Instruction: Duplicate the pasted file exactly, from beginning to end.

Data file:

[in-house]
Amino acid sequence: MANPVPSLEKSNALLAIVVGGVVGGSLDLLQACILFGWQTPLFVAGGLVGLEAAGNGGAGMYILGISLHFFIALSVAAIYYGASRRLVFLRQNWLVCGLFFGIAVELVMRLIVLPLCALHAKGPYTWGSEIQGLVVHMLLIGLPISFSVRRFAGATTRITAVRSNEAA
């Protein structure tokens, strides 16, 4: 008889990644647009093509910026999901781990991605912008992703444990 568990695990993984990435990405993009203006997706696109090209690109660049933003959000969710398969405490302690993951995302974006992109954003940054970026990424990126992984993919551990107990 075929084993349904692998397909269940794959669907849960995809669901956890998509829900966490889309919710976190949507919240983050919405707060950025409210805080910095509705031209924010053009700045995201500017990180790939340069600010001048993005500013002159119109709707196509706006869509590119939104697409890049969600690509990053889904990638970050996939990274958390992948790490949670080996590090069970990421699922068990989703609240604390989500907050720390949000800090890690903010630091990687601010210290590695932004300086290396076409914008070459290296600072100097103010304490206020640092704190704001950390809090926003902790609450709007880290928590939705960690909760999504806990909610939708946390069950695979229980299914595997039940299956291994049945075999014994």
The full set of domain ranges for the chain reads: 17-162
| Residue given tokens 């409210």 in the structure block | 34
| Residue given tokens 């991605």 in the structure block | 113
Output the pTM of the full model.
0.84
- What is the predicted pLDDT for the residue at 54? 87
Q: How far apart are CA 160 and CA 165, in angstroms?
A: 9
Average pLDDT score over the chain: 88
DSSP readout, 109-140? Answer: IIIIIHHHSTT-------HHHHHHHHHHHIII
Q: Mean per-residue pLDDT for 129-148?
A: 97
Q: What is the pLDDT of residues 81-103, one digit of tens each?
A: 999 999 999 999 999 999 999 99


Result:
[in-house]
Amino acid sequence: MANPVPSLEKSNALLAIVVGGVVGGSLDLLQACILFGWQTPLFVAGGLVGLEAAGNGGAGMYILGISLHFFIALSVAAIYYGASRRLVFLRQNWLVCGLFFGIAVELVMRLIVLPLCALHAKGPYTWGSEIQGLVVHMLLIGLPISFSVRRFAGATTRITAVRSNEAA
């Protein structure tokens, strides 16, 4: 008889990644647009093509910026999901781990991605912008992703444990 568990695990993984990435990405993009203006997706696109090209690109660049933003959000969710398969405490302690993951995302974006992109954003940054970026990424990126992984993919551990107990 075929084993349904692998397909269940794959669907849960995809669901956890998509829900966490889309919710976190949507919240983050919405707060950025409210805080910095509705031209924010053009700045995201500017990180790939340069600010001048993005500013002159119109709707196509706006869509590119939104697409890049969600690509990053889904990638970050996939990274958390992948790490949670080996590090069970990421699922068990989703609240604390989500907050720390949000800090890690903010630091990687601010210290590695932004300086290396076409914008070459290296600072100097103010304490206020640092704190704001950390809090926003902790609450709007880290928590939705960690909760999504806990909610939708946390069950695979229980299914595997039940299956291994049945075999014994």
The full set of domain ranges for the chain reads: 17-162
| Residue given tokens 């409210």 in the structure block | 34
| Residue given tokens 């991605």 in the structure block | 113
Output the pTM of the full model.
0.84
- What is the predicted pLDDT for the residue at 54? 87
Q: How far apart are CA 160 and CA 165, in angstroms?
A: 9
Average pLDDT score over the chain: 88
DSSP readout, 109-140? Answer: IIIIIHHHSTT-------HHHHHHHHHHHIII
Q: Mean per-residue pLDDT for 129-148?
A: 97
Q: What is the pLDDT of residues 81-103, one digit of tens each?
A: 999 999 999 999 999 999 999 99